Today started all wrong. The optimist in me says, “That means it can only get better!”. Let me explain.
My oldest daughter has Sensory Processing Disorder. Some of you know her and not the disease. Others of you don’t know her but have heard of and might even know someone who has SPD. Maybe you don’t know either “S” or SPD and maybe you know both.
Depending on the day I’m no sure which one I am! Today was a day that I only know ONE thing-that life is not fair. If it was, then S would be a typically functioning nine-year old. She’d be able to help me around the house and make friends easily. She wouldn’t know what it was like for people to make fun of her because she is different and would believe me when I tell her she is smart.
Instead I had to pull A (her younger sister) aside and ask her how she sees her older sister as being different from other kids. I reminded her to have extra grace for her sister that “doesn’t fit in” and can easily frustrate those around her because of those differences.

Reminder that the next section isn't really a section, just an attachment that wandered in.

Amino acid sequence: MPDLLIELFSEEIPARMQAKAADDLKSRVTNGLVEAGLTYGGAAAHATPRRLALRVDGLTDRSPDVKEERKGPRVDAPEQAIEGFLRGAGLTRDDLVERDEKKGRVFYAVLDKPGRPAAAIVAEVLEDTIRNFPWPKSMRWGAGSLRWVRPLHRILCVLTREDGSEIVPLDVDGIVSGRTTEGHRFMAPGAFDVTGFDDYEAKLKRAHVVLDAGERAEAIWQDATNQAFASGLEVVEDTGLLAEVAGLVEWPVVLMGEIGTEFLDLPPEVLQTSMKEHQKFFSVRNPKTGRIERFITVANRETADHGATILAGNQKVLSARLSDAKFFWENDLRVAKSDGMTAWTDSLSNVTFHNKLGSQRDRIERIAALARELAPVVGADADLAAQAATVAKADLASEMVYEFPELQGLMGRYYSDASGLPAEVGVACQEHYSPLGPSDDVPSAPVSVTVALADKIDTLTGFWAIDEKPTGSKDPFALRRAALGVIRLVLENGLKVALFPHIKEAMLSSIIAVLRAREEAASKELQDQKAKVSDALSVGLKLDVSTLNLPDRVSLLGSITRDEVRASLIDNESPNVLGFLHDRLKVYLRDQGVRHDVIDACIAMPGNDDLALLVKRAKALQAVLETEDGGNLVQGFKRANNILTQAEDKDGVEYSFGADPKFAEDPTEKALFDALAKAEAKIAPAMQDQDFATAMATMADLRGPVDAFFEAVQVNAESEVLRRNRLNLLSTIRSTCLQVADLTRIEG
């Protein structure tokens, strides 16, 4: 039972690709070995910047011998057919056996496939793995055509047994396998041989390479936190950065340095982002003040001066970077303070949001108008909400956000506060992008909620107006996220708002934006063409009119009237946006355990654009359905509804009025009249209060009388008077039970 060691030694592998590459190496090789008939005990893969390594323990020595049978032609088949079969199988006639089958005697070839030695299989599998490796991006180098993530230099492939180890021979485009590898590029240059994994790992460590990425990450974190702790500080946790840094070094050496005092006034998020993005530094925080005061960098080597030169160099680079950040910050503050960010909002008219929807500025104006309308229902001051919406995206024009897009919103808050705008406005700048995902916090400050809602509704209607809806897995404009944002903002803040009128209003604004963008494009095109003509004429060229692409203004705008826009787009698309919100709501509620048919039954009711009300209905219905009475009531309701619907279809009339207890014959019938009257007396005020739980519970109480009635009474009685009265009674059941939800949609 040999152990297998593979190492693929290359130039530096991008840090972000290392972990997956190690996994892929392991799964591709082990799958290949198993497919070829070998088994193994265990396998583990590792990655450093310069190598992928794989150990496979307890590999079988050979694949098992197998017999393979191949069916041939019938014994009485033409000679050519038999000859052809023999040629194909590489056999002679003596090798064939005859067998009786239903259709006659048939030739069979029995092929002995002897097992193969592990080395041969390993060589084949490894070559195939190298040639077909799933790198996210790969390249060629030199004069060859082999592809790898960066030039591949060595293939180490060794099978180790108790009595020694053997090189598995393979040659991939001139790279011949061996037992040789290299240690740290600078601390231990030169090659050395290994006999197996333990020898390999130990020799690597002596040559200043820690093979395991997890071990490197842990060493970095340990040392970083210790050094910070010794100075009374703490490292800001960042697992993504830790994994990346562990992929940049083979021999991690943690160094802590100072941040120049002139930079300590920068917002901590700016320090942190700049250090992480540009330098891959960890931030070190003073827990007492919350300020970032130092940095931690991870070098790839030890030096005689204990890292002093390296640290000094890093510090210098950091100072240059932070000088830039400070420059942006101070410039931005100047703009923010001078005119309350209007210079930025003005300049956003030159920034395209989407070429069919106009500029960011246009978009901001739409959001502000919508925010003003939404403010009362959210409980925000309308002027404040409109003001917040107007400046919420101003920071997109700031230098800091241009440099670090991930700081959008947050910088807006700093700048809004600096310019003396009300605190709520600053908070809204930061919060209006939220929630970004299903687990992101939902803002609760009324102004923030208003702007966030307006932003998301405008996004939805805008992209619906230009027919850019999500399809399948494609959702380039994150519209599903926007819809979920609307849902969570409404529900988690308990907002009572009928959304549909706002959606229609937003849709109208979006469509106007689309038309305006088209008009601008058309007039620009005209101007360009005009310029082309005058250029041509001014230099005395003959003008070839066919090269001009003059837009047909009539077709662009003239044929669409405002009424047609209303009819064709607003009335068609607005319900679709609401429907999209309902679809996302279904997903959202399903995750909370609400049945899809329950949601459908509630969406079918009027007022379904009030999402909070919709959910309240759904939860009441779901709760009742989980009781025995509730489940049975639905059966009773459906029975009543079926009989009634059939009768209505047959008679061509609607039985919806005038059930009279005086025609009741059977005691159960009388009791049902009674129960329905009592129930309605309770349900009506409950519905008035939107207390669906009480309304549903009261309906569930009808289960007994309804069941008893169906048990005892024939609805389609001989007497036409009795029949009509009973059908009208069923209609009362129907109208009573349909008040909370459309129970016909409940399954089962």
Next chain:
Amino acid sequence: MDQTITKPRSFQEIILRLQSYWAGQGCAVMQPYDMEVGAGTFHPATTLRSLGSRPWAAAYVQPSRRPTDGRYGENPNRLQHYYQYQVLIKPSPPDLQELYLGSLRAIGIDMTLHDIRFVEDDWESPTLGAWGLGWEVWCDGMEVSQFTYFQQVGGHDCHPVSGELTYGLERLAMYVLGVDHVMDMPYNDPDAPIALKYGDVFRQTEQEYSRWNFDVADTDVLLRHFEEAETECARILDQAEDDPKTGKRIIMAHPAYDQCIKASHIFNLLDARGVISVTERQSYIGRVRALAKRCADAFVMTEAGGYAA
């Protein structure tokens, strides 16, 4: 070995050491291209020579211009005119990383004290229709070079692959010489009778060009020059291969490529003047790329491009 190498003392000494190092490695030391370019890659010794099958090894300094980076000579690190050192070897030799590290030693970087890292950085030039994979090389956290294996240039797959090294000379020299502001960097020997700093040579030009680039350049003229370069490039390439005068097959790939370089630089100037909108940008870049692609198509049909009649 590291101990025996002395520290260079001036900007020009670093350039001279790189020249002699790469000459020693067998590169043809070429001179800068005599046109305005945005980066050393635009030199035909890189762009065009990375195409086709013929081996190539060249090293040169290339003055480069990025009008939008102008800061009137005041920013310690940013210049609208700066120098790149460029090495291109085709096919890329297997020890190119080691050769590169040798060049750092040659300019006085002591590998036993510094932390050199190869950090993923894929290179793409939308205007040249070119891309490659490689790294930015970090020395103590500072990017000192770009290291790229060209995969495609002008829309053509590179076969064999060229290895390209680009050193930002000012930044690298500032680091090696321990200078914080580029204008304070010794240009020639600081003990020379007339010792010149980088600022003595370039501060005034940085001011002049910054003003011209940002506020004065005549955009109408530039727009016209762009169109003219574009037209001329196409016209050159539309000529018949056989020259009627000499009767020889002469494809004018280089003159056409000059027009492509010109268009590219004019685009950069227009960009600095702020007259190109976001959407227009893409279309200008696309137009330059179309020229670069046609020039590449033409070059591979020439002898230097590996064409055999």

I don’t know all the right things to say and do. That keeps me dependent on God (and frustrated, sad, hopeful, angry). I’m just trying to keep it real here. It’s hard having a kid with “special needs”. It’s hard that she looks “normal” so people’s expectations of her aren’t any different from a typical child. It’s hard when people roll their eyes at me and wonder “where I went wrong” in raising her. It’s just hard!!
I was crying this morning during breakfast (remember how I said today did not start well?) M (our youngest) says to me, “Mom, are you crying because you feel sad for yourself?” I’m not a big fan of self-pity. I answered, “Yes, but I’m also sad for S and you and A, too.” Then I flipped the four pancakes onto the plate.
We have our first (after a long break) of Occupational Therapy appointments today. I’m not expecting a miracle. I am hoping for help.
That’s just real and it’s life. Thanks for listening.
p.s. If you or someone you know has a child with SPD please get this book for yourself/them. It speaks to parents on how to handle your marriage, siblings, extended family and friends, therapists and the lady at the store who keeps looking at you as if she could do a much better job of parenting your child than you.